Lynton Tapp Interview

Catch up with the 2013 Masterchef runner-up

It’s been a long journey for Lynton Tapp. From growing up on a remote cattle station in the Northern Territory, he’s become an established speaker, author and chef after his hard slog in 2013’s Masterchef. But now he’s working for a different cause.

“I grew up on a cattle station my whole life, and no one really knows what’s going on out there, other than the farmers,” he says. “We’ve lost touch with the general consumers of Australia.”

Lynton hosts the new documentary Appetite for Change – a look into the state of food sustainability in Australia’s rural regions. It’s an initiative of Earth Hour, an organisation that Lynton has a lot in common with.

“For the last few years I’ve done a lot of speaking about challenges that face the agricultural industry,” he says. “So my goals and what I’m trying to achieve align directly with Earth Hour.”

These ‘challenges’ are highlighted in the documentary. Irregular harvests, lower yields, and higher temperatures and humidity are just some of the issues caused by climate change that affect Aussie farmers and food.

Lynton says Australian farmers are caught between rising prices due to economics and lower yields due to climate change. “They are really jammed between the two of them and the farmer has no control at all,” he says. “They don’t control the economy by the government and no one can predict the weather.”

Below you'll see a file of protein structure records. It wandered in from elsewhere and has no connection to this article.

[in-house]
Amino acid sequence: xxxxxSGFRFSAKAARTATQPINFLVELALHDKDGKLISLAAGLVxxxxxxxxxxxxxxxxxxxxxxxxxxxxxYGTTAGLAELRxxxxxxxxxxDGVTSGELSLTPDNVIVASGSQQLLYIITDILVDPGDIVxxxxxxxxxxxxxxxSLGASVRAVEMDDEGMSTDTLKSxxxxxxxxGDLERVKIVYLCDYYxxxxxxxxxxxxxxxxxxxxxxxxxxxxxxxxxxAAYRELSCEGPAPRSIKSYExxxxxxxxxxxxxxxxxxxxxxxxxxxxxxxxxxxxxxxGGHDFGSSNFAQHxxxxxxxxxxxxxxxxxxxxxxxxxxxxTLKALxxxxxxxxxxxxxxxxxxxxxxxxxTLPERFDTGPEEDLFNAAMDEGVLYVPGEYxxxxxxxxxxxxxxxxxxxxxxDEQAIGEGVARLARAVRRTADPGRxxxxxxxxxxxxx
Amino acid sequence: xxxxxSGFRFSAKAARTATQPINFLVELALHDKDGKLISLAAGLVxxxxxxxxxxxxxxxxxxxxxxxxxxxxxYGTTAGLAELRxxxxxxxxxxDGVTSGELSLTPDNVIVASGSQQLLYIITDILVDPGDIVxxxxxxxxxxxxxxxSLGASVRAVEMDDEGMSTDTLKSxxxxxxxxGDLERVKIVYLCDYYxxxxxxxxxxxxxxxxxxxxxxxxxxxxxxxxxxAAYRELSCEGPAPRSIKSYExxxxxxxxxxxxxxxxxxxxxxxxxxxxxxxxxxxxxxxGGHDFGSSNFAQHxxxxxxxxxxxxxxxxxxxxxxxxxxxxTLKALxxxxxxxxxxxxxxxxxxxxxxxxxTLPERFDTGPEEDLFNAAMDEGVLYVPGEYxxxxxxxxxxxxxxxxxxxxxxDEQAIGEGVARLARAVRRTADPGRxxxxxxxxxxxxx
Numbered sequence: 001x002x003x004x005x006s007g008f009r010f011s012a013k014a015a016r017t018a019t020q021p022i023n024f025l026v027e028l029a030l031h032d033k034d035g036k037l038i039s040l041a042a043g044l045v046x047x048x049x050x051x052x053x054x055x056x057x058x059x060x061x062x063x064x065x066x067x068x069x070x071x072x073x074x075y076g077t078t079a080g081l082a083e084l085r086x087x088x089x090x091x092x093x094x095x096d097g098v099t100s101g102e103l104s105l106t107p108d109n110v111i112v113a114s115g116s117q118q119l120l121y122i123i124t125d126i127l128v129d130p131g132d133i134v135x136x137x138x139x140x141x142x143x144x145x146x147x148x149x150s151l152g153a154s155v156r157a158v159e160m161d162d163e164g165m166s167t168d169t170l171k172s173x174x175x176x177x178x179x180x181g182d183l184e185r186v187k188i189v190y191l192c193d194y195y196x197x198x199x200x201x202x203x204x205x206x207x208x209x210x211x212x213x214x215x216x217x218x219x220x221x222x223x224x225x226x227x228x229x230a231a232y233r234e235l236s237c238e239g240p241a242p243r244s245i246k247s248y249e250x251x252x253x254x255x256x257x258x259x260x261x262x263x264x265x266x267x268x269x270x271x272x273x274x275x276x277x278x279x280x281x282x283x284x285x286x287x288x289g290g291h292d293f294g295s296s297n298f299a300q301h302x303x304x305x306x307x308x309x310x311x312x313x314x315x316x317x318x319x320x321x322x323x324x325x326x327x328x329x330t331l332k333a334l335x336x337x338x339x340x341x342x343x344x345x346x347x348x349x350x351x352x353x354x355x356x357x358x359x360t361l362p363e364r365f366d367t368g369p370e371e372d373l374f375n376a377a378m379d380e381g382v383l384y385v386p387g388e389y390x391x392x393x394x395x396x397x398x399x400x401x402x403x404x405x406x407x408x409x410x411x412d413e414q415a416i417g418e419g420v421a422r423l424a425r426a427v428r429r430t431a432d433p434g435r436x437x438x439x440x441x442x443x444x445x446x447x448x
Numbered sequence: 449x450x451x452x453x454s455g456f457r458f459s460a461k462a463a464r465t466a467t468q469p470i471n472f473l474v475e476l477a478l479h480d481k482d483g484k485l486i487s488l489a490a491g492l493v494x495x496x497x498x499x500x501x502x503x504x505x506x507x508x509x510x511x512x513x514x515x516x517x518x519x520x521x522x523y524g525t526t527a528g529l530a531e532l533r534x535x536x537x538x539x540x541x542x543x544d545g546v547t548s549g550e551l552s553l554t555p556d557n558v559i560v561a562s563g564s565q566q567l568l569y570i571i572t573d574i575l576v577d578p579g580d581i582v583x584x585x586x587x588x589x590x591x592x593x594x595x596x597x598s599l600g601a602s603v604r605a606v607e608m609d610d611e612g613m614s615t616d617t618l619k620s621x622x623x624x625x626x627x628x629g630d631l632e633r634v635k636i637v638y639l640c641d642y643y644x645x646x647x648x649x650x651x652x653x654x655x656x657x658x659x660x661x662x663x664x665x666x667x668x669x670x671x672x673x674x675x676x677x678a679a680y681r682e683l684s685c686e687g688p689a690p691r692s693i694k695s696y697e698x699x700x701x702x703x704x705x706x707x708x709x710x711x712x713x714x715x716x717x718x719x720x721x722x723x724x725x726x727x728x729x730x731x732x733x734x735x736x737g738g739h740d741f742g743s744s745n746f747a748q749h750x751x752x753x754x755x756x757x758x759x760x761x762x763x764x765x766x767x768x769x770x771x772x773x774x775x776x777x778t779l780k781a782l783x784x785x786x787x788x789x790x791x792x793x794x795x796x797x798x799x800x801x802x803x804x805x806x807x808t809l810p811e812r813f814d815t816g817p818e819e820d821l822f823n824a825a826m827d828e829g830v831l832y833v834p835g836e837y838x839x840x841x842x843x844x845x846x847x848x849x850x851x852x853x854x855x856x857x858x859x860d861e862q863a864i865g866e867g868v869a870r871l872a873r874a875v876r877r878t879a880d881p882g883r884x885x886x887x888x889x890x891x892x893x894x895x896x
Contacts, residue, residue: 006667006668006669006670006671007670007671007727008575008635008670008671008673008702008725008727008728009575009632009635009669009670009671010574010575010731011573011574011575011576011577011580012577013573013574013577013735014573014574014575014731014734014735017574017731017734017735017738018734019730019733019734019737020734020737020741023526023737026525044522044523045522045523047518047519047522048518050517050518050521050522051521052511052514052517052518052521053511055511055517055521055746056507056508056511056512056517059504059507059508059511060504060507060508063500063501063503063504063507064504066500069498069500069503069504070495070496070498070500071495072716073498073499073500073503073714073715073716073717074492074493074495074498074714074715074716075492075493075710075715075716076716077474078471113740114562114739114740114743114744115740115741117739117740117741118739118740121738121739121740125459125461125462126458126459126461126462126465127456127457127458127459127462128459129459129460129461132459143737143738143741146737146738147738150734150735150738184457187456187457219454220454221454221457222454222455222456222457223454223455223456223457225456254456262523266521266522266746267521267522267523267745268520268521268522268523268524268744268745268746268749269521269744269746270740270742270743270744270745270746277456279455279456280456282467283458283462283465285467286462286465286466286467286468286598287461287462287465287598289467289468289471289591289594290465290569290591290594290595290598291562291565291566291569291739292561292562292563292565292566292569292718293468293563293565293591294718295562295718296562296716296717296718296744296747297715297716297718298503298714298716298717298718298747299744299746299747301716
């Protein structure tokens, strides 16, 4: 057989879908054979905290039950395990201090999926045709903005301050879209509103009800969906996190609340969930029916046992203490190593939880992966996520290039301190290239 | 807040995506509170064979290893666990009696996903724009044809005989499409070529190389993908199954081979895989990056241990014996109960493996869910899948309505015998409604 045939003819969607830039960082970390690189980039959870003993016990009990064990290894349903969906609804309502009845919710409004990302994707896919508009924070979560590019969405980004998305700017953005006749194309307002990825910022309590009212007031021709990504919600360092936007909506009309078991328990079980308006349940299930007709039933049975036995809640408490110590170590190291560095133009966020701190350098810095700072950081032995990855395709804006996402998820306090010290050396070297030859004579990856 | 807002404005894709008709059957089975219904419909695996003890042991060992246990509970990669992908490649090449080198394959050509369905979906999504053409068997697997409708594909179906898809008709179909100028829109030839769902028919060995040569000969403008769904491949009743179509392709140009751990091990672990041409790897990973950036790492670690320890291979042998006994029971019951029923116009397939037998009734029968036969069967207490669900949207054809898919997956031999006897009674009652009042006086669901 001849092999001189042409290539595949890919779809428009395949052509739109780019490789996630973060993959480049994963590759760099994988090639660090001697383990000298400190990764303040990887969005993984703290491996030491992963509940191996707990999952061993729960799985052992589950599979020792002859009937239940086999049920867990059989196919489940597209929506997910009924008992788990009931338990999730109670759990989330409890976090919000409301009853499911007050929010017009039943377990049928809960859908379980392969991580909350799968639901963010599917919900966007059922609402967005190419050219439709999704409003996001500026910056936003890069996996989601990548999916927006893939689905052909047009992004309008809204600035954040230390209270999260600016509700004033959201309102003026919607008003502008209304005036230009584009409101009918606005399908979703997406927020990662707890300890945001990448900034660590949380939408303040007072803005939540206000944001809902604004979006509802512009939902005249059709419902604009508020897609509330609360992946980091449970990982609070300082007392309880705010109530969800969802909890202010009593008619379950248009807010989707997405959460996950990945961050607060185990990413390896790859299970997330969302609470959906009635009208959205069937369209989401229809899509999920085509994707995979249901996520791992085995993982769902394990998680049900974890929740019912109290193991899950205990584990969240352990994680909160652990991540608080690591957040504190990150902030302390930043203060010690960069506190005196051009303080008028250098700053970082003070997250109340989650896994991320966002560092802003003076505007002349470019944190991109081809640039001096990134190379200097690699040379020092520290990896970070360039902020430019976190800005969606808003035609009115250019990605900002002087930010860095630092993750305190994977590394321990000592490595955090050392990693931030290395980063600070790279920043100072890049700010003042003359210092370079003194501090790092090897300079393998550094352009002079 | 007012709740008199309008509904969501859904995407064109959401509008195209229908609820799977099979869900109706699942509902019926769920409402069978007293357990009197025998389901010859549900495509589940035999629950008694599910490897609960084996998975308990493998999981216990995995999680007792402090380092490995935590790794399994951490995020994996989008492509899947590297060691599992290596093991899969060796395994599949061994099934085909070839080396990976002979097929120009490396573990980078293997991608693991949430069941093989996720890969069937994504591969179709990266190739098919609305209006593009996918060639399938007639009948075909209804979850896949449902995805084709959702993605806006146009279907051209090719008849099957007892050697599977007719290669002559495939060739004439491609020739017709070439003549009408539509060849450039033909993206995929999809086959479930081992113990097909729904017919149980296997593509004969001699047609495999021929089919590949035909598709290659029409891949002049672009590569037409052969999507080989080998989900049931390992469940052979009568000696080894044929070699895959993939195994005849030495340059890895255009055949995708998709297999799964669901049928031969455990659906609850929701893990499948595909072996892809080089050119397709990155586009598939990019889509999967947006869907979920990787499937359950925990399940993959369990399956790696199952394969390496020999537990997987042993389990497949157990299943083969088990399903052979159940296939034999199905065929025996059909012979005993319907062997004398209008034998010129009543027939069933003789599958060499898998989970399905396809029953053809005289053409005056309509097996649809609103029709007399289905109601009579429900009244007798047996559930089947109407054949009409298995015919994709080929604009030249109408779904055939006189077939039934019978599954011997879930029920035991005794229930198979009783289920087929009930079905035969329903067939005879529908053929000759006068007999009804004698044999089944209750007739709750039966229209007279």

But how does all this affect us, the viewers at home?

“Whether it’s cost, whether it’s supply, whether it’s quantity – all of these issues faced on a farm is going to flow onto the supermarket,” he says.

Lynton says there’s some simple things we can do to reduce our carbon footprint and help make our food industry more sustainable.

“There are little avenues you can take aside from recycling, like growing your own herbs, using energy saving lights, turning off your switches, buying ethically sourced food, sustainable seafood, local fruit and vegetables, investing in renewable energy.”

So what should viewers take away from the documentary?

“It’s about helping the viewers make that connection that climate change is happening and it is having a real effect on something that is tangible,” Lynton says. “Otherwise people will push it to the side and think they don’t have to worry about it.”

With a recipe book release just around the corner, Lynton has a lot on his plate. He says he’s grateful for the opportunities Masterchef has given him.

“I always knew I could work hard and now I have applied it to something I really care about and believe it,” he says. “Masterchef has given me that opportunity to show Australia what’s happening in the agriculture industry.”

Celebrate Earth Hour day and tune into Appetite for Change on 4.00 Saturday on TEN.